Dying on a Budget
A deafening silence swept the room on the day I announced to my children and close friends that I was dying of cancer.
The tumor in my left lung had spread to the ribs surrounding it. But while my strength and stamina were fading, my stubborn resolve to handle the matter in the simplest of terms only grew stronger.
To those who don’t know me, I’m a simple man with a simple life. And now seeing the bulk of my days in hindsight, I’m making plans for the disposal of my physical body in the simplest manner. Arrangements for the spiritual side of my life were made many years ago, having spent hours on my knees.
Here in Dry Springs where I live, funeral choices are few. There’s only one funeral home, and regardless of the multitude of plans they offer, all of them are expensive – well beyond my budget. So, I called them to discuss the matter.
The funeral director began by quoting the cost of a traditional service, complete with casket, visitation and viewing, followed by burial in the Dry Springs Cemetery. A recording of Vince Gill’s “Rest High on the Mountain”, along with free space on their “Memories Page” was promised. But at that point, I’d replaced the battery in my calculator and realized I could buy a time-share in Palm Springs for less money.
“Got anything less expensive?” I asked.
He then explained the various costs of cremation – the charge for picking-up the body, receiving the body at the funeral home, the cost of transporting the body to the crematory, the crematory’s cost to receive the body, and of course their cost to perform the task on the body. Then, there was the cost of shipping the body in a cardboard urn to the address of my choice – that cost depending on my choice of ‘Next Day Delivery’ or standard UPS Ground Shipment. I had to think about that, while also wondering why this old man’s body had suddenly become so valuable.
My next thought was to simply arrange for a few friends to dig my grave on my own rural property – somewhere between my cabin and the pond that lies beyond it. Then, upon the legal declaration of my death from natural causes, my family and friends can place me in it, cover the area with wild flowers and proceed to a celebration of my life with music and fellowship, barbeque, potato salad, and coleslaw. Discretely hidden behind the barn, there will be a cooler of adult beverages for the convenience of the preacher who’ll deliver my eulogy.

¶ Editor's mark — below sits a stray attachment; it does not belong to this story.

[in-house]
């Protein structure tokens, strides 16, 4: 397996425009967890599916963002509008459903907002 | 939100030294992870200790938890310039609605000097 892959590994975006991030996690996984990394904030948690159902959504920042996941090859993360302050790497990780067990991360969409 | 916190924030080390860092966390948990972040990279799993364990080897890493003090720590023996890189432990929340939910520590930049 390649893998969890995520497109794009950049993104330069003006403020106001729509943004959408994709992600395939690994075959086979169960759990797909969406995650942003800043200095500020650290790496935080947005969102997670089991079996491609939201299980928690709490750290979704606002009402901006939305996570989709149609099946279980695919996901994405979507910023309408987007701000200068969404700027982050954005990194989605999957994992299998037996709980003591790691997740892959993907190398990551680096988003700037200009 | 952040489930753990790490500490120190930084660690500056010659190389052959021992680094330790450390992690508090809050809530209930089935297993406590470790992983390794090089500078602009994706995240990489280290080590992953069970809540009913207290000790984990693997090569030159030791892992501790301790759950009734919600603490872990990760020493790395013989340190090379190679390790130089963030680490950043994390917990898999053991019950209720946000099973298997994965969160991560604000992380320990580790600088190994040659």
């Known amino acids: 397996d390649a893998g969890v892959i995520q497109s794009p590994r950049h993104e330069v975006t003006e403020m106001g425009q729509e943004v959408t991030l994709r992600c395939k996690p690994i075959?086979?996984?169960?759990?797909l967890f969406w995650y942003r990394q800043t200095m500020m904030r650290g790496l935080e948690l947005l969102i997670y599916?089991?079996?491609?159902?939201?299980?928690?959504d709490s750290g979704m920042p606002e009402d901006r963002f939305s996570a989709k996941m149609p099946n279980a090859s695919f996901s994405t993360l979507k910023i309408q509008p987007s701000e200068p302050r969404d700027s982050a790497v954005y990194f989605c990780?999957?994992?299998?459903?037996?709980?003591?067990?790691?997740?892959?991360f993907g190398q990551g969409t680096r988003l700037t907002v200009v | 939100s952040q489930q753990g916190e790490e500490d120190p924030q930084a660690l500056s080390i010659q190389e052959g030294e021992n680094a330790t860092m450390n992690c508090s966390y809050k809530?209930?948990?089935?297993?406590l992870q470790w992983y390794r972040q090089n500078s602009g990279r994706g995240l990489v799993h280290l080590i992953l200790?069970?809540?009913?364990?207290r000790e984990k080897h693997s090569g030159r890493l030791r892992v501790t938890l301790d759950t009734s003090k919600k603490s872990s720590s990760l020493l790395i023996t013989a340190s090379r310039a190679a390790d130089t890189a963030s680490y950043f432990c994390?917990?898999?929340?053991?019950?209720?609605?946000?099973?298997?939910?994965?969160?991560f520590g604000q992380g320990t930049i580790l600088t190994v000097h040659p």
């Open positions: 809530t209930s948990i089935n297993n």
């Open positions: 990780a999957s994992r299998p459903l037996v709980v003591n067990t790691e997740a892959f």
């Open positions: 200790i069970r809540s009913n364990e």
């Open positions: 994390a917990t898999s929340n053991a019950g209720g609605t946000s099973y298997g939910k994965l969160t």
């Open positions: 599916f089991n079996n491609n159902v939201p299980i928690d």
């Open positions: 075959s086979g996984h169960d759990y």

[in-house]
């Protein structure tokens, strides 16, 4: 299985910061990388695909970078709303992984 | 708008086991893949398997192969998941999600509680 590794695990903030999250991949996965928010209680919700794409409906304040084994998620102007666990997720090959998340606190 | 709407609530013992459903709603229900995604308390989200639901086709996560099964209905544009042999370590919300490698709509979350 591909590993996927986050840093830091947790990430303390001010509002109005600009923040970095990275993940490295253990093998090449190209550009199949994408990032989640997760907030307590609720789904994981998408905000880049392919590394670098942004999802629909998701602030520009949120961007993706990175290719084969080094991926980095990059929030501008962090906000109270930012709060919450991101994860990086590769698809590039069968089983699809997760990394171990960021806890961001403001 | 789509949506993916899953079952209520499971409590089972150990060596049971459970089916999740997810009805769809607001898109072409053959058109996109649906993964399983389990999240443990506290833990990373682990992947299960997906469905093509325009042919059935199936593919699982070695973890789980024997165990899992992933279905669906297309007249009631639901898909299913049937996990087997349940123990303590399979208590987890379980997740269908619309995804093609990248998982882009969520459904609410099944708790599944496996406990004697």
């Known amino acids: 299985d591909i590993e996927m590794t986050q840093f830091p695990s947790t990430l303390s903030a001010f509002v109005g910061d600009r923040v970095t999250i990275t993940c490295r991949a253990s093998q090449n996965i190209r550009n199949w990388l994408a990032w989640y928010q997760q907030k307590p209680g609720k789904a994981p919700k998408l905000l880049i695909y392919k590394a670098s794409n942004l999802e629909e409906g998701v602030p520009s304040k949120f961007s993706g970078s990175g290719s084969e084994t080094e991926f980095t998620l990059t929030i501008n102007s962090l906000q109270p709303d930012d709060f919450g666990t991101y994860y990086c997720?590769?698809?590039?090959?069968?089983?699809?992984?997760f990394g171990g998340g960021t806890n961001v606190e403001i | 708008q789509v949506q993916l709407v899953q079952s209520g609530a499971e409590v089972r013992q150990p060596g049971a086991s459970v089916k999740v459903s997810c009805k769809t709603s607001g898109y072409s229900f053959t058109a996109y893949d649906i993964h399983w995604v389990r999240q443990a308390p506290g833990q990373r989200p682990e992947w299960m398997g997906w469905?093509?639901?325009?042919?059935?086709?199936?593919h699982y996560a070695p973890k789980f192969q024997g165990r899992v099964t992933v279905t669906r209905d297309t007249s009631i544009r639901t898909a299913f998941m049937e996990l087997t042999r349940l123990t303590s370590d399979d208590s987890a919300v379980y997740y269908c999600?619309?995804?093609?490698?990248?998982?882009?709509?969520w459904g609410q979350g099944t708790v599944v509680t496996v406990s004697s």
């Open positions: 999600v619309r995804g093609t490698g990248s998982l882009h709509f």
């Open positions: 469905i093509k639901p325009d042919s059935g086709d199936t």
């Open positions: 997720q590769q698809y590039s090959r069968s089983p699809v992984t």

As in most states, Texas law does allow for a home burial with no requirement of a funeral director, casket or embalming – provided the burial occurs within 24 hours of death.
My friend, James has agreed to bring his backhoe, dig my grave at no charge, help my sons and grandsons carry the body – wrapped in a quilt my grandmother sewed by hand – and lower it to its eternal rest.
The county clerk must be notified of the exact location of my remains, and the family must complete a pile of paperwork for the State of Texas and Social Security Administration. Apparently, government’s grip on my liberty extends beyond the grave.
Of course, there are other matters to consider – most notably the feelings of my family members, most of whom don’t know the legality of such a thing. They’ve never witnessed it, and most have balked at the idea.
It’s a complicated decision, but the more I consider a home burial on my own rural property, the more I’m drawn to that option. What better way to bring a family together? What greater intimacy could ever be experienced? What better way for young and old alike to learn and re-learn the truth of our earthly mortality?
“From dust to dust.”
© 2017 David Bradshaw aka ‘Dave from Texas’